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Focus and Flow: Productivity Tips to Improve your Work-Life Balance

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20 years ago, there was a clear difference between being at home and being at work. You focussed on your personal life at home and your work only at work. Nowadays, technology has allowed us the flexibility to work from wherever, but it also meant the boundaries between work and life have been blurred -  taking work/life balance with it.  And it isn’t just our personal life that is suffering, our work life is suffering too. Deep focus is extremely important in the tech world and it can’t happen when a person is ‘semi-working’ - checking in on work when they are able to focus on it and when they are at work, they get pinged on other things. Some might blame technology - especially Slack for pulling us into work when we are meant to be relaxing. Or perhaps distracting us from the task at home. Yet, in a recent CTO podcast, Cal Henderson suggested that perhaps it is more of a cultural issue, than a technological one. It is up to us to choose how to structure our working lives and our personal lives. In this blog post, we will discuss key takeaways from the CTO podcast featuring Cal, the CTO of Slack. After all, it  is increasingly important to define those boundaries and be able to disconnect outside of working hours. Setting boundaries is also important for productivity as there are periods when you want to do deep work and stay focused and other moments when you are open for collaboration.

“It really huge for productivity that instead of being sort of productive all the time. Periods of intense focus are much easier if you have periods when you're not focusing and when you're able to disconnect and think about something different.” Cal Henderson, CTO of Slack, speaking on the alphalist CTO Podcast Episode 54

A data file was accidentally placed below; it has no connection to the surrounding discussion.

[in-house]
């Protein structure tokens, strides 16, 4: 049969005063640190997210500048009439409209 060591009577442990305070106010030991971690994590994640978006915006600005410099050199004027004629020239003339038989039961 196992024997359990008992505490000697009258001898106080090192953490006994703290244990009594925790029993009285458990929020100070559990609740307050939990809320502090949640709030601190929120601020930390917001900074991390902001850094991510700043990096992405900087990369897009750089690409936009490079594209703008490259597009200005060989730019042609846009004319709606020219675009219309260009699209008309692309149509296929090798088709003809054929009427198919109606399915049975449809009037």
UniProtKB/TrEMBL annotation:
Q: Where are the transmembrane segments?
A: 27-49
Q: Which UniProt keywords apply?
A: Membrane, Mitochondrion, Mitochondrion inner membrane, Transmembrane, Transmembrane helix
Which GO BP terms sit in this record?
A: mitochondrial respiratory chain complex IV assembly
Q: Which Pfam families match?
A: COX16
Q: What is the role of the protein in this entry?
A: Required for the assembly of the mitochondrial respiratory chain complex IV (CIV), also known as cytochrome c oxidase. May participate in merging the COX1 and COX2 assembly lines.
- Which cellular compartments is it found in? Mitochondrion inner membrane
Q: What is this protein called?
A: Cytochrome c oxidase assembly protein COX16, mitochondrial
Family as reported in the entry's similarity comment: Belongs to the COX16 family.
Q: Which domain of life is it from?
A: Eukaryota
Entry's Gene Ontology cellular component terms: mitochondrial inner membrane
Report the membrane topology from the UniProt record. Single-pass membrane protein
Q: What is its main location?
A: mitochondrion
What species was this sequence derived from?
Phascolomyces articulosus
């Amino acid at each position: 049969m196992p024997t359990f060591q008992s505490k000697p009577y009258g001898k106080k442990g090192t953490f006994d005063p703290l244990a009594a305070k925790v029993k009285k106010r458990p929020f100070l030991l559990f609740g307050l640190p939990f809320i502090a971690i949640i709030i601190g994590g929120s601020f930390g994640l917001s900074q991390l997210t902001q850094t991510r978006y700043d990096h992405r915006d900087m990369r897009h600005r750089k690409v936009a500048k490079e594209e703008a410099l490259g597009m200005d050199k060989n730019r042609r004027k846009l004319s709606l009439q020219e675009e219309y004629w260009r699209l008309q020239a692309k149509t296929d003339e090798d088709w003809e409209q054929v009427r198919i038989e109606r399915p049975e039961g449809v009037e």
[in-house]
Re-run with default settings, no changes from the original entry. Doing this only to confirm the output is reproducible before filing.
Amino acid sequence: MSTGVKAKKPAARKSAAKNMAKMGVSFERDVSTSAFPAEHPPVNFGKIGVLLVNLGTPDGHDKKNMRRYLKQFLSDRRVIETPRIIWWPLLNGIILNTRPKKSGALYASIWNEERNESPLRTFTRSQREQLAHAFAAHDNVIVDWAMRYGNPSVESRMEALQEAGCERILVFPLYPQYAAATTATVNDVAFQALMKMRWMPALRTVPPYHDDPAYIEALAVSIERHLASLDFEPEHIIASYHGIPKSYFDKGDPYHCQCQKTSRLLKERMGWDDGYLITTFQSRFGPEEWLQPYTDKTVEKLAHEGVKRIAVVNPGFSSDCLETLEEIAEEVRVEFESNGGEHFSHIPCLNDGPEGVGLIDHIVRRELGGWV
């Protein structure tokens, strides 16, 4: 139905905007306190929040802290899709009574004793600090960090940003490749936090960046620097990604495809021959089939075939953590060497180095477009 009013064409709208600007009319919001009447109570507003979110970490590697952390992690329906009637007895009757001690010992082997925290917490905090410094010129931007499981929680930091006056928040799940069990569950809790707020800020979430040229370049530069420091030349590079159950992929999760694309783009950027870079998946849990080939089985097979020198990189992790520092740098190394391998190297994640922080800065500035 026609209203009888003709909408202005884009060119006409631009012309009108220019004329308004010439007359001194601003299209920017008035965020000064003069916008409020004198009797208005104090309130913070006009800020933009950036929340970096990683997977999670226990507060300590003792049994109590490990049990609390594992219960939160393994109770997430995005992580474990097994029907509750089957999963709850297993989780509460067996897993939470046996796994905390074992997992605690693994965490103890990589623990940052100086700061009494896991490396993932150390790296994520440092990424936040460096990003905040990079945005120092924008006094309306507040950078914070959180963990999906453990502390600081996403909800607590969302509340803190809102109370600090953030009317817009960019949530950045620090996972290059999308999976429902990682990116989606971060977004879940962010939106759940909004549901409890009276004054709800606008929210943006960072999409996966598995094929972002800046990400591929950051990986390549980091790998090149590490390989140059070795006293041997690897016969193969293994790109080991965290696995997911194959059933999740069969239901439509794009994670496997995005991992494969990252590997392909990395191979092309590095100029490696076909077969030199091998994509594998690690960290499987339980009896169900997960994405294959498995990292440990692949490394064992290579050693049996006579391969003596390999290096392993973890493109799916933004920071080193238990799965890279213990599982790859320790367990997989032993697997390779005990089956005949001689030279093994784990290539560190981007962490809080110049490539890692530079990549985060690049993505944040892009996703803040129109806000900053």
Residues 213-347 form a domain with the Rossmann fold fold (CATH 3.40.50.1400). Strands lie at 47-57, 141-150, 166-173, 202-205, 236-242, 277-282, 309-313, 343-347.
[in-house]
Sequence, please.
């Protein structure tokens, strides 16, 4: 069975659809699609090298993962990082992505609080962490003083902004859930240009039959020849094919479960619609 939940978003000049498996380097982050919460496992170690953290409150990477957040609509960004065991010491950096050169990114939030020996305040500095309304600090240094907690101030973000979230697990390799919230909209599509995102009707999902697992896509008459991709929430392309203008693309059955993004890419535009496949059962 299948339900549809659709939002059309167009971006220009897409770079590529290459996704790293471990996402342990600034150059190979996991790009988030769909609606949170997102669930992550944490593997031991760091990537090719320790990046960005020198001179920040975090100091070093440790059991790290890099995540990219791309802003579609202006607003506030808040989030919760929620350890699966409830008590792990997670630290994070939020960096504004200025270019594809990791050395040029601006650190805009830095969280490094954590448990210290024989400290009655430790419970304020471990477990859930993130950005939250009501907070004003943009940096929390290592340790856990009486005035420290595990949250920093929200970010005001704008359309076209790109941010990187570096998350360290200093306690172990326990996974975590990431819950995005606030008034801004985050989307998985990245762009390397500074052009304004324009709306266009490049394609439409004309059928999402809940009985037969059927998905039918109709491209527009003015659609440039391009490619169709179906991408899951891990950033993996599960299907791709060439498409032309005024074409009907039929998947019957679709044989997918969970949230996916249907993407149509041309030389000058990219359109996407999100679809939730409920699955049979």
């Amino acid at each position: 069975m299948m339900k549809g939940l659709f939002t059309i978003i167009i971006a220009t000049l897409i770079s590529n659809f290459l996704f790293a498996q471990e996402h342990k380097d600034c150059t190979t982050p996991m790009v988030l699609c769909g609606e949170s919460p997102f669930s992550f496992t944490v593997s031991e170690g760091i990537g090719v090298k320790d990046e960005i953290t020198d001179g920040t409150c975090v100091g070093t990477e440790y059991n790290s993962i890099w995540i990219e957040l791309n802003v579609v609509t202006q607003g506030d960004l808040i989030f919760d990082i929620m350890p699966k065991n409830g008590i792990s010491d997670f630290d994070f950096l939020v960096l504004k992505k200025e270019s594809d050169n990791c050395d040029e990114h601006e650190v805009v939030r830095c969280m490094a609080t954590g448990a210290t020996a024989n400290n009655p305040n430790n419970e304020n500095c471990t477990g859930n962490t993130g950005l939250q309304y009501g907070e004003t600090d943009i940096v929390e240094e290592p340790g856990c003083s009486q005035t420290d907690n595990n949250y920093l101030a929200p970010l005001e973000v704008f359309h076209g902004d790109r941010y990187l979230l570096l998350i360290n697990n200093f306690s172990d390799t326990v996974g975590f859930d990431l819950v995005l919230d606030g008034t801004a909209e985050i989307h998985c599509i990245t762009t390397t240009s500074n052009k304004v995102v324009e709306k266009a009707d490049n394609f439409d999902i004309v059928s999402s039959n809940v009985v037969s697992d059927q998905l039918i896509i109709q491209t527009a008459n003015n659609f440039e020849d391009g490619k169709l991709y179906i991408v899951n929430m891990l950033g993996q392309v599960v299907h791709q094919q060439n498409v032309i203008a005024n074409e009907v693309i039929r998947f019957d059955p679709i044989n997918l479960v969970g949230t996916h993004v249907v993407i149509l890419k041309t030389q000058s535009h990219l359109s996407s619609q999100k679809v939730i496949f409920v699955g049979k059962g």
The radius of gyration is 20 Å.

Introduce Focus Time and No-Meeting initiatives

Coding relies on flow. Yet it's hard to code when you keep being pulled into meetings, stand-ups, 1-1s, and check-ins.. Ditching meetings isn’t always an option in the collaborative working world of today but what you can do is schedule time for deep work - engineering, document writing, research, and other individual-focused work time. For example, Slack’s engineering and product organization has a 'No-Meeting' week every six weeks where they get rid of all recurring meetings. In these weeks, engineers could just focus on writing code without interruptions. Some companies even have a weekly ‘no-meeting’ day. How does #FocusTimeFridays sound to you?

Cluster meetings for Better Flow

Meetings are not the enemy. It's a collaborative world and some people work best when they spend time hashing out a solution with colleagues. In addition to cutting back on any unnecessary meetings, you should also cluster the meetings so they are less disruptive.